Actually, that doesn’t bother me, because we will never run out of oil. There will be oil remaining in the ground for as long as there is a planet Earth. This will be the stuff we can’t get at – extracting oil is constrained by economics. (Peak oil is not about extinction, it’s essentially about peak cheap oil; the point at which oil becomes so expensive we have real economic problems.)
In addition, I am at a loss to substantiate the claims about the future prospects of gas and coal.
Many believe North America is alarmingly close to both peak natural gas and coal. According to Exxon Mobil Corp.’s chief executive Lee Raymond, “gas production has peaked in North America.”
Others give it a little longer. Studies by economist Douglas B. Reynolds and Marek Kolodziej, of Boston University’s Center for Energy and Environmental Studies, suggest “a peak in North American natural gas supplies could happen in 2013.”
And as for coal. . . Research in 2009 from the University of Newcastle in Australia concluded that global coal production “may well peak as soon as 2010.” Overall, it concludes, production will most likely peak “between 2010 and 2048.”
And the US has already experienced a peak in its high grade coal: anthracite in 1914 and bituminous in 1990. The nation is now concentrating on low-grade subbituminous coal. And imports. (In fairness, I have to say Hubbert suggested the US would hit peak coal in 2150, but others have brought that date forward a little.)
I’ll come back to peak gas and peak coal in a later post, because these are so important. For now, let me say that they are possibly cause for greater concern than depletion of oil supplies, because they generate the bulk of our electricity. As central as oil is to our economies, nothing in our modern world works without electricity. If the grid goes down, we are into survivalist territory. And if we find ourself facing massive declines in natural gas and coal right when we are struggling to come to terms with the collapse of oil – and our oil-reliant economies – then the grid will go down, in most parts of the world. Without access to oil, coal and natural gas, because we can’t afford them, we are back to scratching a living in the dirt. (It might be different if you are living underneath a windfarm, but then, do you really believe politicians and the military won’t move themselves in, and you out?)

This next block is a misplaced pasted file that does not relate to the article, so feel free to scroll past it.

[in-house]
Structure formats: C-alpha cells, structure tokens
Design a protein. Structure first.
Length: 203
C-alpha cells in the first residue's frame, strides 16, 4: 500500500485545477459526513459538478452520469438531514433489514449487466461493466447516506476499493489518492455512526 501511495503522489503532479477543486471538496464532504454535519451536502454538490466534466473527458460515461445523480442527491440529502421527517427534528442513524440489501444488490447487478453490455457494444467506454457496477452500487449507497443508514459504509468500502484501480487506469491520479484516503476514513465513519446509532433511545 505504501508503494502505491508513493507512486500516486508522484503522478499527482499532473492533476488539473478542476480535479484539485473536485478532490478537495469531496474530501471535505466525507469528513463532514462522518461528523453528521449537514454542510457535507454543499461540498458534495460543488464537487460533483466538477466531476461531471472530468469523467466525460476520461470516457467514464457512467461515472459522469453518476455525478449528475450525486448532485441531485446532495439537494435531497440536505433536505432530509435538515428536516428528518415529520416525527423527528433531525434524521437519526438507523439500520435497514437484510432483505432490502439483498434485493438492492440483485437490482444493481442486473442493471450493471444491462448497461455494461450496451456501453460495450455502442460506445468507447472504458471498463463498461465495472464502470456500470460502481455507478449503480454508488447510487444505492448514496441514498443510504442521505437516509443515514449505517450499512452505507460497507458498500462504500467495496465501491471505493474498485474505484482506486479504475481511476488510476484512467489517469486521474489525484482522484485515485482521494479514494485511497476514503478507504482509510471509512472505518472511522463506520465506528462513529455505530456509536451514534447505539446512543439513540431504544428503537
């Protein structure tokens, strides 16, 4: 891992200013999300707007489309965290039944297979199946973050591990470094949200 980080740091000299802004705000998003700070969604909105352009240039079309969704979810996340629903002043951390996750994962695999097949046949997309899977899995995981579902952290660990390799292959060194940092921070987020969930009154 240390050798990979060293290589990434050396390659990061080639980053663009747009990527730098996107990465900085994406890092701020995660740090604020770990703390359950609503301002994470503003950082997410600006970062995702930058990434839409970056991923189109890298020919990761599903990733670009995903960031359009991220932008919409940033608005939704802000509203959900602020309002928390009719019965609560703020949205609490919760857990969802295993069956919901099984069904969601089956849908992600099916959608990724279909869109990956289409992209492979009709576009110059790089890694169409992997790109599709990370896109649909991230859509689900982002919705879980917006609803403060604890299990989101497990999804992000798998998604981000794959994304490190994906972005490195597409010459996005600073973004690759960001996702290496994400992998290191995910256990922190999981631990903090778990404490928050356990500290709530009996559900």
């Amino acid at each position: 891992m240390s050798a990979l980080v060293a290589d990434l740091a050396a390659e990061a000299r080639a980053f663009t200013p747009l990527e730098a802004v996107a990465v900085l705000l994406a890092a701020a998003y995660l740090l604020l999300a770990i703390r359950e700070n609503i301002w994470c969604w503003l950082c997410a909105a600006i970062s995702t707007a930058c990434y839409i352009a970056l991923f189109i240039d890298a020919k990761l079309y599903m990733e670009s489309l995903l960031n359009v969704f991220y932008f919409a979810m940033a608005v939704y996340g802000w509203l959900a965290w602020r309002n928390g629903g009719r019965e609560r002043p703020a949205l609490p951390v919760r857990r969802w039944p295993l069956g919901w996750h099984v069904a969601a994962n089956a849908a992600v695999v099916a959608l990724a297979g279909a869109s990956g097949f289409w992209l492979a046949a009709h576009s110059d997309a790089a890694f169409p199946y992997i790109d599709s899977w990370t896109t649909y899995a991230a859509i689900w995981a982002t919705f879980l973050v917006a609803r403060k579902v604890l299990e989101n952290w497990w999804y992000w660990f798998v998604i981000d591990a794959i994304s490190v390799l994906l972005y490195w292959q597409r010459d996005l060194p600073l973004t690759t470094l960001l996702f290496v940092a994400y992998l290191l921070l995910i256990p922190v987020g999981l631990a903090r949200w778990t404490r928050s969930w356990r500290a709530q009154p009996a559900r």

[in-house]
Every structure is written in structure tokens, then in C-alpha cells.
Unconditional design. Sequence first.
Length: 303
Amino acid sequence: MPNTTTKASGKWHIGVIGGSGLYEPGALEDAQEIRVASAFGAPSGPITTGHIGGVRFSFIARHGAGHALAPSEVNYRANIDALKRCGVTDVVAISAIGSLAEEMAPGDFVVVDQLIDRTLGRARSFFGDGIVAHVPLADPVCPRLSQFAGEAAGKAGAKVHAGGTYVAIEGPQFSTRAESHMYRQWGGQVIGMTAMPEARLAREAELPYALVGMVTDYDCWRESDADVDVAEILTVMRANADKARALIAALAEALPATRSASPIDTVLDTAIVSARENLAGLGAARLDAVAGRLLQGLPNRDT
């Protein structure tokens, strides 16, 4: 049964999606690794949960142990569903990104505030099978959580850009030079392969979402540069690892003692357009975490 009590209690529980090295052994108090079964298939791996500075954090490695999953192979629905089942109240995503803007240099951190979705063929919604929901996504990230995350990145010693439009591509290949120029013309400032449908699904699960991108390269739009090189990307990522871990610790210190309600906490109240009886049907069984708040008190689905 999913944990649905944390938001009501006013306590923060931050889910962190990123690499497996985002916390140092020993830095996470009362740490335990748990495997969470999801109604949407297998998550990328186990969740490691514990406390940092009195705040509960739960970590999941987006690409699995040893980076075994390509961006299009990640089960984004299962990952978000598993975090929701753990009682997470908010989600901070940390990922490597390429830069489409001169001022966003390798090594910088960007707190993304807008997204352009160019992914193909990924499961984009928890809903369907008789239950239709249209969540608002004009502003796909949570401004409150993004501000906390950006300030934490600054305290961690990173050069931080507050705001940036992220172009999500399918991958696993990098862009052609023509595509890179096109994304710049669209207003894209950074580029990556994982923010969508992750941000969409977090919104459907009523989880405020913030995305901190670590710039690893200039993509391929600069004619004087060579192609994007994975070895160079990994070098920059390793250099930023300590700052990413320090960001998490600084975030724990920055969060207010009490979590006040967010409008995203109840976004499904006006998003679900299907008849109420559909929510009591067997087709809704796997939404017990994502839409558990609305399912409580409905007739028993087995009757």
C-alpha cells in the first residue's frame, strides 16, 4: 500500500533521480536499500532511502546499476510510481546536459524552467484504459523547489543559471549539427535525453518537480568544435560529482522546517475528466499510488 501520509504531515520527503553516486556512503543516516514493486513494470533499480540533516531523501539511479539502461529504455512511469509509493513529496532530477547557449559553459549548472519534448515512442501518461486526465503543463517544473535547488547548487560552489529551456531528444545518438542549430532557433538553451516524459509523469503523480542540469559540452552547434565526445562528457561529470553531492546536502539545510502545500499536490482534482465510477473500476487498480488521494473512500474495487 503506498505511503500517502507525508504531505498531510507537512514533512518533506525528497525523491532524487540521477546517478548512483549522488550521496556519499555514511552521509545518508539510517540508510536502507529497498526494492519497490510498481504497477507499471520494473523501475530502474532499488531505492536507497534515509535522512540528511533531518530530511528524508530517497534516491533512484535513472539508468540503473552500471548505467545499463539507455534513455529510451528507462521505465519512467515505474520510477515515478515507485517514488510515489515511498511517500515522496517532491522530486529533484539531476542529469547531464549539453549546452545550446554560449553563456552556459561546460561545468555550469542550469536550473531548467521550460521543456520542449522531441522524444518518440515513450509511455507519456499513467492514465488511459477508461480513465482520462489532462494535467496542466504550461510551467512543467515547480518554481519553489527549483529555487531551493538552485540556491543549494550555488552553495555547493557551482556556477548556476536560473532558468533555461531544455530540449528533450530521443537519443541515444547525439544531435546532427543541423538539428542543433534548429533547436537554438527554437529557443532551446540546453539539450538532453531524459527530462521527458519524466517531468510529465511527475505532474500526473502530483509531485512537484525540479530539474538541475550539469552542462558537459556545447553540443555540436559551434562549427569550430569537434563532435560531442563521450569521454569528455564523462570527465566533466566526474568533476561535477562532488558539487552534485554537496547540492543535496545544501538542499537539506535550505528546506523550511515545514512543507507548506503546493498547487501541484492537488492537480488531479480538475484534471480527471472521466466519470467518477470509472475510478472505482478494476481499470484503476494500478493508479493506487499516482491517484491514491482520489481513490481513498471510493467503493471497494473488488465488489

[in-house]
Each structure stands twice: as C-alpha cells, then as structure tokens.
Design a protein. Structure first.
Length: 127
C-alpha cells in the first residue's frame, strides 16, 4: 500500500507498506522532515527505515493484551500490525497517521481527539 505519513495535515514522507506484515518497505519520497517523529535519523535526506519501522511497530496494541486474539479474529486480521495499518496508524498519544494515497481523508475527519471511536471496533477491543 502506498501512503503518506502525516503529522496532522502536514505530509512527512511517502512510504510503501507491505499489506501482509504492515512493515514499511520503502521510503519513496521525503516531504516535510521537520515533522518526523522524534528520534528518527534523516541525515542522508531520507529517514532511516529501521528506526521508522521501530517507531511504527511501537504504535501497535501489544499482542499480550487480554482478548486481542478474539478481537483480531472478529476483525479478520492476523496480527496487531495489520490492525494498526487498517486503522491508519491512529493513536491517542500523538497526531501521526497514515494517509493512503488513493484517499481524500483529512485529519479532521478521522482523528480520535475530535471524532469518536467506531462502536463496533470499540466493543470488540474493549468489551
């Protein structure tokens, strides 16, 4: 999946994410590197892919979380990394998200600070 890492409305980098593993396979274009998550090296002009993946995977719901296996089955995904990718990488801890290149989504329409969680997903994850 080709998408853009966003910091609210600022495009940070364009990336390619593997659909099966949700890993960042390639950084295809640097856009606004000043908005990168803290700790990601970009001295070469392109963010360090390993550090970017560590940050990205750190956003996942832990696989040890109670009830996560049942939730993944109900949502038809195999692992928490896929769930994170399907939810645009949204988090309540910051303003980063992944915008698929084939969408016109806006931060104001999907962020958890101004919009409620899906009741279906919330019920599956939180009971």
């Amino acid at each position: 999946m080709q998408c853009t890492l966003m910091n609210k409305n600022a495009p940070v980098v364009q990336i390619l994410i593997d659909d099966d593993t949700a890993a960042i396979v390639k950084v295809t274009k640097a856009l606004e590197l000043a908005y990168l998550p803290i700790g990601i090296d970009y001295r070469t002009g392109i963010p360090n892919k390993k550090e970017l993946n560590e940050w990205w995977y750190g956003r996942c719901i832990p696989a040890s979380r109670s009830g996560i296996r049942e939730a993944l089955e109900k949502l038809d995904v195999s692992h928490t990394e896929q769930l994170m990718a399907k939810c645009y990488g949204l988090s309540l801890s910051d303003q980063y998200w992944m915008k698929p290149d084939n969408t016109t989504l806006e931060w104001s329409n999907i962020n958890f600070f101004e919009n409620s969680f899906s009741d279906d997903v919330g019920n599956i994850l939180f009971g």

Perhaps I’m spending too long refuting this silly piece of journalism. I know it’s a politically motivated column in a paper with its own agenda. But it’s not a one-off. This is what passes for debate on our energy security in the national media. And if nothing else, the fact that these clearly biased pieces keep coming out, telling us that we have nothing to fear, actually makes me alarmed. After all, there’s nothing like being told there’s no cause for panic to make you start to wonder if the shit isn’t about to hit the fan, big time.
Despite what the optimists tell you, oil, natural gas and coal are not just a market issue, they are central to our energy security. It’s too big an issue to be left to the markets. And, I contend, one day soon, it won’t. (You could argue that the US military involvement in Iraq and Afghanistan proves that we have started down that road already.) I envisage a future in which governments will take direct control over energy allocation, ranging from rationing to confiscation of resources. But that’s something for a future column. . .